Cassini Significant Event Report

For Week Ending 01/12/01

The most recent spacecraft telemetry was acquired from the Madrid tracking
station on Wednesday, January 10. The Cassini spacecraft is in an
excellent state of health and is operating normally. The speed of the
spacecraft can be viewed on the
"Present Position"
web page.


Phase E of the Jupiter subphase continued this week. Activities included
Cassini Plasma Spectrometer (CAPS) solar wind observations, atmospheric cyclic
observations, Io eclipse observation, a ring observation at 90 degree
phase angle, Europa, Callisto, and Ganymede observations, a Ganymede and
Europa eclipse observation, Ultraviolet Imaging Spectrometer (UVIS)
stellar occultation, Composite Infrared Spectrometer (CIRS) feature track
observation, and a UVIS / Hubble Space Telescope aurora observation.


Other activities included uplink of the CAPS, Imaging Science Subsystem
(ISS) and Visual and Infrared Mapping Spectrometer (VIMS) Instrument
Expanded Block (IEB) loads, CAPS IEB load for gain tests and execution of
the tests, command to clear the Solid State Power Switch (SSPS) for the
AACS Valve Drive Electronics Control Unit-B, AACS Reaction Wheel Assembly
(RWA) memory readout (MRO), AACS highwater mark clears, uplink of AACS RWA
unload bias overlay programs, Magnetospheric Imaging Instrument (MIMI) Ion
and Neutral Camera (INCA) collimator high voltage commanded to off, a
reaction wheel momentum unload, CDS-A and CDS-B automatic SSR repairs,
CIRS focal plane assembly control set point to 21, MIMI to science mode
mini-sequence, reset CDS SSPS trip counters, AACS reset of total RPM
counter, and a MIMI processor MRO and turn on of the replacement heater
for the Low Energy Magnetospheric Measurement Subsystem (MIMI LEMMS).


Magnetometer Subsystem (MAG) personnel have been looking at the recent MAG
data in the vicinity of the Jovian bow shock crossings identified recently
by the other Cassini investigations and reported a number of interesting
observations. First, the outbound shock crossing at 365/2212 is very clear
in the field data and is accompanied by a large overshoot indicative of a
supercritical shock. Hydromagnetic waves are also evident upstream of the
shock. Mirror mode waves are present in the magnetosheath for much of the
day. Second, the inbound and outbound shock crossings at 366/0959 and 1219
are also prominent and contain overshoots. There appear to be several
close approaches to the bow shock near 1103, 1115 and 1212 while Cassini
is in the magnetosheath suggesting that the spacecraft is skimming along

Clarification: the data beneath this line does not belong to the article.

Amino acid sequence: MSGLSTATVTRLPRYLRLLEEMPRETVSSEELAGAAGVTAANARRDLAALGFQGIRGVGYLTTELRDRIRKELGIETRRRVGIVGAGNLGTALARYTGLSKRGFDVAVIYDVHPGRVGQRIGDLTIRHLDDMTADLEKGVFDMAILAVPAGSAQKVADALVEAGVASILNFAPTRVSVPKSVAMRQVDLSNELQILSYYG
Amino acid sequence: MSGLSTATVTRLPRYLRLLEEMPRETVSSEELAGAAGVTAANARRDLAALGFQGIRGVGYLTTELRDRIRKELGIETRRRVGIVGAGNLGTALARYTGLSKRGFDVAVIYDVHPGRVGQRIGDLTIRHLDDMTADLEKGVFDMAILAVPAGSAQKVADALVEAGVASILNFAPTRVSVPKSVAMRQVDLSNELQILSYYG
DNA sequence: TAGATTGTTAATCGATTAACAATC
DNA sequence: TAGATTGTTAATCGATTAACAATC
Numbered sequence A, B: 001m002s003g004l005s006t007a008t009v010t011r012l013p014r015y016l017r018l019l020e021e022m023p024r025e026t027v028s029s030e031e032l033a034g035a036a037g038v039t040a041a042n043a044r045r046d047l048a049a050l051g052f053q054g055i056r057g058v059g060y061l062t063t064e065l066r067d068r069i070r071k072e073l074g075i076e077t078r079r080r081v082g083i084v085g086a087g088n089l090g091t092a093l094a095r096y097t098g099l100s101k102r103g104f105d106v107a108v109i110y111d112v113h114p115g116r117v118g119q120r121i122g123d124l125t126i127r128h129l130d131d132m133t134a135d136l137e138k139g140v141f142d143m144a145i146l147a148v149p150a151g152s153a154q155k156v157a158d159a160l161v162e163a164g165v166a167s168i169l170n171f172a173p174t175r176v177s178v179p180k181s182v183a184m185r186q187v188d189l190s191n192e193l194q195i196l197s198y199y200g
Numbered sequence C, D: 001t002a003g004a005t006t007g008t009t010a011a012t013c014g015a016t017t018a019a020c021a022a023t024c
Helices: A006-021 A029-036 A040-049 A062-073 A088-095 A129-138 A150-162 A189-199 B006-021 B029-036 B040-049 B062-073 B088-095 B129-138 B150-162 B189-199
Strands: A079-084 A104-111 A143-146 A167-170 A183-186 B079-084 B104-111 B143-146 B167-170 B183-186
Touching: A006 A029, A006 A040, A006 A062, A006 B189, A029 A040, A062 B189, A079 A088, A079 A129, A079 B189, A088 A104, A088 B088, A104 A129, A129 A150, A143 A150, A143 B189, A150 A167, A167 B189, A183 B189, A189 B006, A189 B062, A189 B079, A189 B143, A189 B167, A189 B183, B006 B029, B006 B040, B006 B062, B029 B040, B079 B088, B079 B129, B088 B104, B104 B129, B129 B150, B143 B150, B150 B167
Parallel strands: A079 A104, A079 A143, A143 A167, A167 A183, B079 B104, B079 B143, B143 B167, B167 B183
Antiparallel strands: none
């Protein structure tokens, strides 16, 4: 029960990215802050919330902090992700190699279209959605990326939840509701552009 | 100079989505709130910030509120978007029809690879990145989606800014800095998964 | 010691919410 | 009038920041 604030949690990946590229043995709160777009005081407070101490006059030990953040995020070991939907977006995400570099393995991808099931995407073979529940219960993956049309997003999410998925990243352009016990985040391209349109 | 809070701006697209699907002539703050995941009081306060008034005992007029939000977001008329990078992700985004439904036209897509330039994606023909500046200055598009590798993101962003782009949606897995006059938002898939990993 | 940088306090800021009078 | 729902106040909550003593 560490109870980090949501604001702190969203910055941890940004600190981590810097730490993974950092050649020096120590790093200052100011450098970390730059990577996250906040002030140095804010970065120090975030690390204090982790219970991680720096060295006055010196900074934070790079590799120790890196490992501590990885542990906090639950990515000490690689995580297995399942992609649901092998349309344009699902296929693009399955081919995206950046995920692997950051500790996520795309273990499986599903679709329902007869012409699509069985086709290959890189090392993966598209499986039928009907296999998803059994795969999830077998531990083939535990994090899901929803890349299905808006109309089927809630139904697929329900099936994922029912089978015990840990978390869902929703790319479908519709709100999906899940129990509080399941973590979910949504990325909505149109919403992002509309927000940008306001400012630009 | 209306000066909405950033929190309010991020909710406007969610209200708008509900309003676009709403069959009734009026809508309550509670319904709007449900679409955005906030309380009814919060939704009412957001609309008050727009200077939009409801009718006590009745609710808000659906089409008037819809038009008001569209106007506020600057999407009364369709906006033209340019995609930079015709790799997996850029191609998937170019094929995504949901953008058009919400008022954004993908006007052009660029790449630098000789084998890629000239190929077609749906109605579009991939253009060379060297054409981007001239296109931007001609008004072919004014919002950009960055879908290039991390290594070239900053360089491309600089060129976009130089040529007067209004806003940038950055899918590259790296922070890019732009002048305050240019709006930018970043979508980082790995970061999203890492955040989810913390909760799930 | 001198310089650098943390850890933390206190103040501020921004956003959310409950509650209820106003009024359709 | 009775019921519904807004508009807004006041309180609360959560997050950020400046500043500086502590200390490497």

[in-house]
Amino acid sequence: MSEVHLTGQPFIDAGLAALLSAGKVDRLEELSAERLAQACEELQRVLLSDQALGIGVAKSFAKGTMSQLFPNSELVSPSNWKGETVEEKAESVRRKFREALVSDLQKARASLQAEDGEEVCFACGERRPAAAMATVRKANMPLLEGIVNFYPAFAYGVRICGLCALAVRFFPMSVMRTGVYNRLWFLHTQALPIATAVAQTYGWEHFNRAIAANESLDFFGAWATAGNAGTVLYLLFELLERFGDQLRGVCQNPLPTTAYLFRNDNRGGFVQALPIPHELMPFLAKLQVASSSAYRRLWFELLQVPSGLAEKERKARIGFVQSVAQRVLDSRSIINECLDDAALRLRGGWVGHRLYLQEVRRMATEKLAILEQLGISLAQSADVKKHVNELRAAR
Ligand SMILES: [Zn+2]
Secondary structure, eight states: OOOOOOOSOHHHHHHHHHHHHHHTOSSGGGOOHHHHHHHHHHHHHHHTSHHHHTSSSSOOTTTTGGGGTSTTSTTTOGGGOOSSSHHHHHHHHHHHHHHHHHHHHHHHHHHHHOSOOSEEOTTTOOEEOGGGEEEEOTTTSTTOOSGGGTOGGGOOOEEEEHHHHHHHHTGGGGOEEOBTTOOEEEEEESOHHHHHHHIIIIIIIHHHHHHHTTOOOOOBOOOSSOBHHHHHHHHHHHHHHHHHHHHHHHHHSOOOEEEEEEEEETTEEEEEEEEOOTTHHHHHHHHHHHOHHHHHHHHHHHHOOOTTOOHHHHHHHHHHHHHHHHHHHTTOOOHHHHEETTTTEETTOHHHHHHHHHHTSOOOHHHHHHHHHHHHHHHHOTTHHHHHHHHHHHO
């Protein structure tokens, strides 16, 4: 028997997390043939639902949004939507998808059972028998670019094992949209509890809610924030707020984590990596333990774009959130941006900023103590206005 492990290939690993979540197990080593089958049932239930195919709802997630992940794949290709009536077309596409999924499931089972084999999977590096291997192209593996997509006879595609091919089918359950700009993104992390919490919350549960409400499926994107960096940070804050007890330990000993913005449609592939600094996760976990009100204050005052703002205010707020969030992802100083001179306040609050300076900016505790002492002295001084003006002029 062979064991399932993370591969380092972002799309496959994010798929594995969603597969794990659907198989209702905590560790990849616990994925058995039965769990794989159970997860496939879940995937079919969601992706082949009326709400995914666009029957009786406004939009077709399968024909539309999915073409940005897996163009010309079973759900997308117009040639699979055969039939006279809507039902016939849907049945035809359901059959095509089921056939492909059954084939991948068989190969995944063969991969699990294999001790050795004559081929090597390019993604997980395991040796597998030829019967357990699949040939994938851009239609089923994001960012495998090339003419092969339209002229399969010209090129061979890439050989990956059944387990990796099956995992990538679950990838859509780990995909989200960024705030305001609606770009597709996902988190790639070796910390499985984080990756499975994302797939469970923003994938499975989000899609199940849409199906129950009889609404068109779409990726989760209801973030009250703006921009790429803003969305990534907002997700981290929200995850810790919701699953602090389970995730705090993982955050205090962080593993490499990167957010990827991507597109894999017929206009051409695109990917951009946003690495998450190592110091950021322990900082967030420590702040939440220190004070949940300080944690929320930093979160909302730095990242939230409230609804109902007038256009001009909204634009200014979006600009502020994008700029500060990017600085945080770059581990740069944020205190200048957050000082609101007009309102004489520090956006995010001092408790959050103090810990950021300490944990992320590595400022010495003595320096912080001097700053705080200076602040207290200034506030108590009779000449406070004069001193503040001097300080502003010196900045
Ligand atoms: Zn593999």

the moving shock front.


Radio and Plasma Wave Science (RPWS) personnel reported that Cassini
entered the Jovian magnetosphere around mid day on January 9. RPWS
observed trapped continuum radiation extending down to about 500 Hz,
corresponding to a plasma density of about 3 x 10^-3 at about 1315. The
actual magnetopause crossing time is still in question, however. Based on
previous experience with Galileo in this region of the magnetosphere, it
seems that on occasion, the density gradient can be very gradual and the
location of the boundary not very clear in the wave data. Cassini exited
the magnetosphere that same day reentering the magnetosheath and then went
back in to the magnetosphere at about 0700 on day 10. For the period on
day 9 when Cassini was inside the magnetosphere, Galileo also was still
inside, hence the two spacecraft were inside Jupiter's magnetosphere at
the same time.


Instrument Operations and the Multi Mission Image Processing Laboratory
(MIPL) have produced and delivered 16238 ISS images -10522 Narrow Angle
Camera and 5716 Wide Angle Camera - and 2108 VIMS cubes since Jupiter
encounter began.


The Radio Science Ka-band exciter and traveling wave tube amplifier were
turned on again, after RADAR observations concluded, to support DSS-25
upgrade implementation testing.


The final approval meeting for C24 was held this week. The sequence is
approved for uplink and will begin execution next week. The Sub Sequence
Generation Sequence Change Request meeting was held for C25.


Revision A of the Science Operations and Planning Computer User's
Handbook, and the SPICE Events Kernel Development Plan were completed and
distributed this week.


A draft agenda has been released for the Planetary Science Group meeting
to be held in January at JPL.


Installation of Telemetry, Command & Data Management (TC&DM) 25.2.2
occurred this week. MSS D7.3.1 was deployed on all SOPCs ahead of target
date. Deployment included 150 prerequisite patches and two software
packages.


Outreach personnel staffed a poster presentation on Cassini classroom
activities at the joint meeting of the American Association of Physics
Teachers and the American Astronomical Society this week.



Additional information about Cassini-Huygens is online at http://saturn.jpl.nasa.gov.


Cassini will begin orbiting Saturn on July 1, 2004, and release its piggybacked Huygens probe about six months later for descent through the thick atmosphere of the moon Titan. Cassini-Huygens is a cooperative mission of NASA, the European Space Agency and the Italian Space Agency. JPL, a division of the California Institute of Technology in Pasadena, manages the mission for NASA's Office of Space Science, Washington, D.C.


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